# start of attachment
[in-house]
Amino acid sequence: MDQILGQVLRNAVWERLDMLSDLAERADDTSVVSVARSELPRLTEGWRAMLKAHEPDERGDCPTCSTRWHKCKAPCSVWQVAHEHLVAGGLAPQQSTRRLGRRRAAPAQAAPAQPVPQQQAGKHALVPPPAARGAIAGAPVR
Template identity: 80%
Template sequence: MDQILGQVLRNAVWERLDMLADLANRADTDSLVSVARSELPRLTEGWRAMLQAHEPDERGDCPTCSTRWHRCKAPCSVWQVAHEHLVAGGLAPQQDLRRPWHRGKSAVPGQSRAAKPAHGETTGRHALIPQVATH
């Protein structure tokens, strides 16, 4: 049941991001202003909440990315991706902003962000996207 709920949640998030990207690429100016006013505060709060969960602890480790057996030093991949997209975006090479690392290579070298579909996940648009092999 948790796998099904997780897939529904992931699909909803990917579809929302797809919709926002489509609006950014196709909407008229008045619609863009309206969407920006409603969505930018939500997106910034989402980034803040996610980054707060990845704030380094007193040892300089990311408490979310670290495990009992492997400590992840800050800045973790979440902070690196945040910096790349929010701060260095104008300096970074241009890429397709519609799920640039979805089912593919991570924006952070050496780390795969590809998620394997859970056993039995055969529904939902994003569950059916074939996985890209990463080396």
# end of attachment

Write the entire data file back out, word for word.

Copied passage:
[in-house]
Amino acid sequence: MDQILGQVLRNAVWERLDMLSDLAERADDTSVVSVARSELPRLTEGWRAMLKAHEPDERGDCPTCSTRWHKCKAPCSVWQVAHEHLVAGGLAPQQSTRRLGRRRAAPAQAAPAQPVPQQQAGKHALVPPPAARGAIAGAPVR
Template identity: 80%
Template sequence: MDQILGQVLRNAVWERLDMLADLANRADTDSLVSVARSELPRLTEGWRAMLQAHEPDERGDCPTCSTRWHRCKAPCSVWQVAHEHLVAGGLAPQQDLRRPWHRGKSAVPGQSRAAKPAHGETTGRHALIPQVATH
């Protein structure tokens, strides 16, 4: 049941991001202003909440990315991706902003962000996207 709920949640998030990207690429100016006013505060709060969960602890480790057996030093991949997209975006090479690392290579070298579909996940648009092999 948790796998099904997780897939529904992931699909909803990917579809929302797809919709926002489509609006950014196709909407008229008045619609863009309206969407920006409603969505930018939500997106910034989402980034803040996610980054707060990845704030380094007193040892300089990311408490979310670290495990009992492997400590992840800050800045973790979440902070690196945040910096790349929010701060260095104008300096970074241009890429397709519609799920640039979805089912593919991570924006952070050496780390795969590809998620394997859970056993039995055969529904939902994003569950059916074939996985890209990463080396």